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Employee Stock Option (ESO)

A form of financial equity compensation that is offered to employees and executives by their organization

What is an Employee Stock Option (ESO)?

An employee stock option (ESO) is a form of financial equity compensation that is offered to employees and executives by their organization. The stock options offered come in the form of regular call options and allow the employee or executive to purchase their organization’s stocks at a specified price and time. Before the stock option is finalized, the terms and conditions are discussed and signed off on in an employee stock option agreement.

 

Employee Stock Option (ESO)

 

Summary

  • An employee stock option is a form of equity compensation that is offered to employees and executives by upper management.
  • There are two primary forms of stock options – ISOs and NSOs.
  • It is important to be educated on the tax implications of stock options before an option is finalized and accepted.

 

Forms of Stock Options

In the case of stock options, there are two primary forms:

 

1. Incentive Stock Options (ISOs)

Sometimes referred to as qualified or statutory options, incentive stock options (ISOs) are stock options that are mainly offered to important employees or upper management. Incentive stock options are given preferential tax treatment. It is because incentive stock options profits are treated as long-term capital gain under the Internal Revenue Service (IRS).

 

2. Non-Qualified Stock Options (NSOs)

On a different note, non-qualified stock options (NSOs) are stock options that are offered to all levels of employment. Non-qualified stock options are not given preferential tax treatment. It is because non-qualified stock options profits are taxed as ordinary income tax.

 

Stock Option Tax Implications

It is crucial to know the tax implications of stock options in order to receive the largest financial gain. Shown below are the tax implications of stock options for specific events:

 

Stock Options - Tax Implications

 

Forms of Equity Compensation

Equity compensation is a financial benefit that is offered to employees by management. Employee stock options are one form of equity compensation; listed below are the other forms of equity compensation that may be offered to employees.

  • Restricted Stock Grants: They give employees the option to receive shares only if a specific criterion is met. In such a case, the specific criterion could be seen as the completion of performance objectives, years spent with the company, etc.
  • Stock Appreciation Rights (ASRs): They give the employee the right to increase the value of a specified number of shares.
  • Employee Stock Purchase Plans: They allow the employee to purchase organizational shares at a discount.
  • Phantom Stocks: They pay a future cash bonus that is equal to the value of a defined number of shares. The legal transfer of share ownership does not usually take place with phantom stocks.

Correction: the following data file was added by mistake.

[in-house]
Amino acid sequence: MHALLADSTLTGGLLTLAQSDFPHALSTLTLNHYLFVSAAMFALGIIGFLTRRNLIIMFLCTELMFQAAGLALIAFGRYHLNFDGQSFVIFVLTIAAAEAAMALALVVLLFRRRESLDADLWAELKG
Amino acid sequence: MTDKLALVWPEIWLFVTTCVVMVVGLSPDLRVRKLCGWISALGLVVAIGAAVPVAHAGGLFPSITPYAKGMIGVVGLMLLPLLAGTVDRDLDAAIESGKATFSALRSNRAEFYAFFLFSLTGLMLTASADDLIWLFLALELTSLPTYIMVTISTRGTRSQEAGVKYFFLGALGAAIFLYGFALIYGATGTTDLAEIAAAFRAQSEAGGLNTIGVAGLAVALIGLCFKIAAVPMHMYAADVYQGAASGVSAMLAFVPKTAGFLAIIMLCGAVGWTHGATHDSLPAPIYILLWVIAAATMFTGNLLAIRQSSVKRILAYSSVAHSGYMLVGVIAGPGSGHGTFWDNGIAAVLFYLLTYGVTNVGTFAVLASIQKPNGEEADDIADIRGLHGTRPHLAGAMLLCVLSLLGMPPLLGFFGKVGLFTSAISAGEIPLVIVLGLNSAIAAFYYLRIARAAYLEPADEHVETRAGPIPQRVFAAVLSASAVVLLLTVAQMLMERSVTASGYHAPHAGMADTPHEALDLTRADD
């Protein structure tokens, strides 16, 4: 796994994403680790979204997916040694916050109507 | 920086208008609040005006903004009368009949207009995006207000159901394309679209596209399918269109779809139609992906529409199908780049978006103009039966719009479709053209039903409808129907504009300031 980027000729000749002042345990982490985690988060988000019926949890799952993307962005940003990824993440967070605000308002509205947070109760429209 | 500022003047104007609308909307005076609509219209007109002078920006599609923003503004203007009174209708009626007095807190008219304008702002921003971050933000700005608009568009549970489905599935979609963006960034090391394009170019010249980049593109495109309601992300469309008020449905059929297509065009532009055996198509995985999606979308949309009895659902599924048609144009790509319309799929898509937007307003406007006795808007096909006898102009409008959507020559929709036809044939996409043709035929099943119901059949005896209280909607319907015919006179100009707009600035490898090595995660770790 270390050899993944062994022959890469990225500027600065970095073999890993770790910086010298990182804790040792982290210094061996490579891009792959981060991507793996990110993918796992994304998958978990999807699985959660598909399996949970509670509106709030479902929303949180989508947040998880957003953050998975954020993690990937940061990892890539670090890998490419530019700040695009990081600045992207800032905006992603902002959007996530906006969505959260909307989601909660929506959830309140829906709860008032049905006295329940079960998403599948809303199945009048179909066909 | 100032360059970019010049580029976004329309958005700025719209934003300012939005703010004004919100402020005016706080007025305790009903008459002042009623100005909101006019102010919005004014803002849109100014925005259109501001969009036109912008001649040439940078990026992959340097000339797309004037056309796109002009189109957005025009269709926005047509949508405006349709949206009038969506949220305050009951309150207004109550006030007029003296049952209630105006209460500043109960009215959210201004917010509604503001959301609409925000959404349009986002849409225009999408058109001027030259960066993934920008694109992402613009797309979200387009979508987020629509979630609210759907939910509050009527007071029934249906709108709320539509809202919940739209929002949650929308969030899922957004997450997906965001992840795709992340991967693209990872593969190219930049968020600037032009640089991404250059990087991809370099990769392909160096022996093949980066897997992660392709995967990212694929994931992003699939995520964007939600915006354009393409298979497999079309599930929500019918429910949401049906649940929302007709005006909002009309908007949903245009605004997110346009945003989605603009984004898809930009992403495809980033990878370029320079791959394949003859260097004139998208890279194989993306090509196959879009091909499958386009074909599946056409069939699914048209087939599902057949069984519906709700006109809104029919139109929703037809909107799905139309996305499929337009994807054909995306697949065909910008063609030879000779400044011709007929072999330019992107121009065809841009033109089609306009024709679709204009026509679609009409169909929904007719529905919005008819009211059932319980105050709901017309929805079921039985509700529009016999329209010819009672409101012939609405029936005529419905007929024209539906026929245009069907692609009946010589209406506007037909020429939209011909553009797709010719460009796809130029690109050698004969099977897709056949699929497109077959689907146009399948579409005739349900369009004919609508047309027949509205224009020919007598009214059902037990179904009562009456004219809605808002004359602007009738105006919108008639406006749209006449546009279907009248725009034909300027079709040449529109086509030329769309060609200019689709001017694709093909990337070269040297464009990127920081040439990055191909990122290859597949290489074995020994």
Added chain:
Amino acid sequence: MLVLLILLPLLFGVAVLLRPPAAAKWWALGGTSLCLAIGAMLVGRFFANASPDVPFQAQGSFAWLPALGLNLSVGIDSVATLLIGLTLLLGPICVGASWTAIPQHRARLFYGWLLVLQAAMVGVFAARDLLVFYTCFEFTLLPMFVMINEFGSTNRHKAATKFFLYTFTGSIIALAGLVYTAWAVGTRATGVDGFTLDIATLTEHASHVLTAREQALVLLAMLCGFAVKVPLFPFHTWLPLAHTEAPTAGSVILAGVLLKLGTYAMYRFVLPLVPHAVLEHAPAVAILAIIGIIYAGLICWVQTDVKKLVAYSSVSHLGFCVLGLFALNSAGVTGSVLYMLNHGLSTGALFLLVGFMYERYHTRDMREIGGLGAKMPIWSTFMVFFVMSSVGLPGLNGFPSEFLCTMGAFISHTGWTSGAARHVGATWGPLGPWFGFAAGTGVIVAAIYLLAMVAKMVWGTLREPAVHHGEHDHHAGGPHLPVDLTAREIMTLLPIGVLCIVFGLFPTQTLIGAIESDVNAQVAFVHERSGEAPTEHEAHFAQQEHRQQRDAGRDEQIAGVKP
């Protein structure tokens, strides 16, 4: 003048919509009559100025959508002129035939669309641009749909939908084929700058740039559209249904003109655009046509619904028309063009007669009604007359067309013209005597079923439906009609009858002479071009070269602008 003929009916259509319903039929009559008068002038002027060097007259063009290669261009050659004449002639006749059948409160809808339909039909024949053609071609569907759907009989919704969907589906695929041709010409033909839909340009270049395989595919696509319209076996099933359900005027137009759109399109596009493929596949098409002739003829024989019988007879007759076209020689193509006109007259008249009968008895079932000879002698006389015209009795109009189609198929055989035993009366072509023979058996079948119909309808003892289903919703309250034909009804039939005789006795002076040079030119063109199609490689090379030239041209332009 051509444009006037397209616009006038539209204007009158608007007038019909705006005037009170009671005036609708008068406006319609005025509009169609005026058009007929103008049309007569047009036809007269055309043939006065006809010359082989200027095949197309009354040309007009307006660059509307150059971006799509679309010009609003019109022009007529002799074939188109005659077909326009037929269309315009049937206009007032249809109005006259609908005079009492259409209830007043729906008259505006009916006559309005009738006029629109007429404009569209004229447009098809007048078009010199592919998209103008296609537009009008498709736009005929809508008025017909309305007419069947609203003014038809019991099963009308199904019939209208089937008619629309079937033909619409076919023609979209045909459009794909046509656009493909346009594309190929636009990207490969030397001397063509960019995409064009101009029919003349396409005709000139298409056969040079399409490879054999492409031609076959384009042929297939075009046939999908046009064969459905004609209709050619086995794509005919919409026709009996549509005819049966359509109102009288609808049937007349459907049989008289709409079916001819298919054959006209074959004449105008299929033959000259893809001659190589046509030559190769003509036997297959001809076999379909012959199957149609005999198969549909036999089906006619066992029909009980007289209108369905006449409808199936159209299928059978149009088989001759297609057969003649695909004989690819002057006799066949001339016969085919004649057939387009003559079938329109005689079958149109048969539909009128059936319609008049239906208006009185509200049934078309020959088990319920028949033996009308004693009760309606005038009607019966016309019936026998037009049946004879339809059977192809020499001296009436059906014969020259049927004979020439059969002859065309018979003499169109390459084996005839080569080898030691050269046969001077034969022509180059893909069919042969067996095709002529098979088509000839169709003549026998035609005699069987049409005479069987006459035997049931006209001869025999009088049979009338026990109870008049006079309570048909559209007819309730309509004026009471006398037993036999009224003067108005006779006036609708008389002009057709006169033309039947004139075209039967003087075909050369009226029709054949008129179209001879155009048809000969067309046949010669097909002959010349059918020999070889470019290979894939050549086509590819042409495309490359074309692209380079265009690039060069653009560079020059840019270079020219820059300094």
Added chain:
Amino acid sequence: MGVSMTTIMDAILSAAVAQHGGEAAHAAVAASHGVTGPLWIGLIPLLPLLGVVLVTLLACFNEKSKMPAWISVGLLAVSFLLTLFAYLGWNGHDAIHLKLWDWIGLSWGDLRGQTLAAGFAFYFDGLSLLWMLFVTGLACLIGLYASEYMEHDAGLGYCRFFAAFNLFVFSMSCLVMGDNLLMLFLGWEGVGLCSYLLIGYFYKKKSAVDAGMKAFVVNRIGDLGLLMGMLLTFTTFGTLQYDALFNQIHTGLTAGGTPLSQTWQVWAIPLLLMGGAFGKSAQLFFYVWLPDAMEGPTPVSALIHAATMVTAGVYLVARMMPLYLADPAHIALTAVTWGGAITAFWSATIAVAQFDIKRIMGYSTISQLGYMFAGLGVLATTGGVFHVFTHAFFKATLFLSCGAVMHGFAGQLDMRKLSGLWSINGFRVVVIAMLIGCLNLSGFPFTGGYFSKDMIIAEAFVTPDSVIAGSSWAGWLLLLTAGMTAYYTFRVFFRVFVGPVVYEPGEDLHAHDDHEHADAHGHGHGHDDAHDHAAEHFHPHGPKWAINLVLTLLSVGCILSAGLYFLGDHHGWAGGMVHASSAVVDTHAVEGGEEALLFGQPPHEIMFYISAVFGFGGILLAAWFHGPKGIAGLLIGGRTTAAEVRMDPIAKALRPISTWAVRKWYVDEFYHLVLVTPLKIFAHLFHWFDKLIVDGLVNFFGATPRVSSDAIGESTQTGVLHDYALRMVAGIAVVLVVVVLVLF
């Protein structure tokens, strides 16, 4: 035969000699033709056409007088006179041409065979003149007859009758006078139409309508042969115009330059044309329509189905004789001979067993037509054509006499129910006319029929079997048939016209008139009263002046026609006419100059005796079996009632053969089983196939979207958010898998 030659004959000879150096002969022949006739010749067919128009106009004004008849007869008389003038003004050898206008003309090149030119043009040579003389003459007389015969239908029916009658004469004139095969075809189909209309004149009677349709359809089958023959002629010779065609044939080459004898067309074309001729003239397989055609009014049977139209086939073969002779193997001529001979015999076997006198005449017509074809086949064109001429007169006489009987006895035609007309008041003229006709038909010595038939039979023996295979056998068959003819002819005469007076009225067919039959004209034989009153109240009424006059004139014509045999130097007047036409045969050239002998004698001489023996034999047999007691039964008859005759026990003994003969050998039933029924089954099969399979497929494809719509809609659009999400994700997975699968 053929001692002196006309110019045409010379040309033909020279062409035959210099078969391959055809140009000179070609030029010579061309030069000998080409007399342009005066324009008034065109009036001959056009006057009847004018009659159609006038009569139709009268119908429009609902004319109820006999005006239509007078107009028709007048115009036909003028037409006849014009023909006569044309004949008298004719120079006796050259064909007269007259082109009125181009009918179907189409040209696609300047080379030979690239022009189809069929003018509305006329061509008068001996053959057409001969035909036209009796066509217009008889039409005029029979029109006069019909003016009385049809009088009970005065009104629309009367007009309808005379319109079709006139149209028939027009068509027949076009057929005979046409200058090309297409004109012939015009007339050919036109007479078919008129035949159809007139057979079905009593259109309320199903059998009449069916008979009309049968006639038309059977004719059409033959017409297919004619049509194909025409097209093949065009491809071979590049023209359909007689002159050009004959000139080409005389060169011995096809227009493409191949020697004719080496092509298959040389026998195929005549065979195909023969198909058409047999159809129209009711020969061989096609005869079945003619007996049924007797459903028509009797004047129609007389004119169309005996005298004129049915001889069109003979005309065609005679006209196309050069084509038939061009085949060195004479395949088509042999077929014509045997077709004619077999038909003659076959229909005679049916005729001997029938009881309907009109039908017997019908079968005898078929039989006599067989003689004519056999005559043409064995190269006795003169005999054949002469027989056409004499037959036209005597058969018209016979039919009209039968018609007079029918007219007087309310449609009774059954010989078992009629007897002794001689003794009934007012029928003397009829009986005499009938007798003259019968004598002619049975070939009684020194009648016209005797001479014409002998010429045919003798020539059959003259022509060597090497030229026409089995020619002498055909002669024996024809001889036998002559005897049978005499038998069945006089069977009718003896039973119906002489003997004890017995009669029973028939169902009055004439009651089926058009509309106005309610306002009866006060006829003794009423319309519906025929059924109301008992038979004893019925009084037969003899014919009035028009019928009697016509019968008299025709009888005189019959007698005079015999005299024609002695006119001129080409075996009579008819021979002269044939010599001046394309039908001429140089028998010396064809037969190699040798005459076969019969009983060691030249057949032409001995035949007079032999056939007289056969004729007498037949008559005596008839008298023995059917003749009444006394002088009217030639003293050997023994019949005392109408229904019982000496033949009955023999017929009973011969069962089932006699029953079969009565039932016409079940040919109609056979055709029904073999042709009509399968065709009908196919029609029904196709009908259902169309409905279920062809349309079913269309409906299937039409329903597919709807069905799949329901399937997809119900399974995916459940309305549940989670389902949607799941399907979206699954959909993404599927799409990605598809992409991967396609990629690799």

Apart from employee stock options, it is always beneficial to seek information on the wide array of other options that may be offered by management.

 

Other Types of Stock Options Offered by Companies

Apart from the forms of equity compensation mentioned above, although unlikely, companies can offer two other forms of stock options.

 

1. Restricted Stock Units (RSUs)

A restricted stock unit is an employer’s promise to provide shares of the company’s stock in the future if specific criteria are met.

 

2. Restricted Stock Awards (RSAs)

A restricted stock award is similar to a restricted stock unit, except the shares can be immediately purchased on the day that they are granted.

 

Advantages of Offering Employee Stock Options

Listed below are the primary advantages of offering employee stock options.

  • Employee stock options make compensation packages more attractive
  • They are a cost-effective company benefit
  • Increases employee retention
  • Gives employees “ownership” in the company, allowing them to feel more connected to the organization as a whole
  • Employees are motivated to work harder. When the business is doing better financially, so is the employees’ stock
  • Potential tax benefits

 

As a whole, offering employee stock options allows the employees to feel more connected to the business and more motivated to work harder, so the organization does better.

 

Disadvantages of Offering Employee Stock Options

Listed below are the primary advantages of offering employee stock options.

  • Complicated tax implications for the employees.
  • Stock options can be difficult to value.
  • Individual employees rely on the effort put forward by their peers for organizational success, which can cause potential conflict.
  • Stock options can result in high compensation for executives, even if the business is financially under-achieving.
  • Over the long run, dilution can be extremely costly to shareholders.

 

As a whole, offering employee stock options can cause some negative implications. Valuation of stock options can be difficult, and executives can financially prosper even when the organization is not reaching their goals.

 

Related Readings

CFI is the official provider of the Certified Banking & Credit Analyst (CBCA)™ certification program, designed to transform anyone into a world-class financial analyst.

In order to help you become a world-class financial analyst and advance your career to your fullest potential, these additional resources will be very helpful:

  • Employee Morale
  • Cliff Vesting
  • Employee Stock Ownership Plan (ESOP)
  • Remuneration

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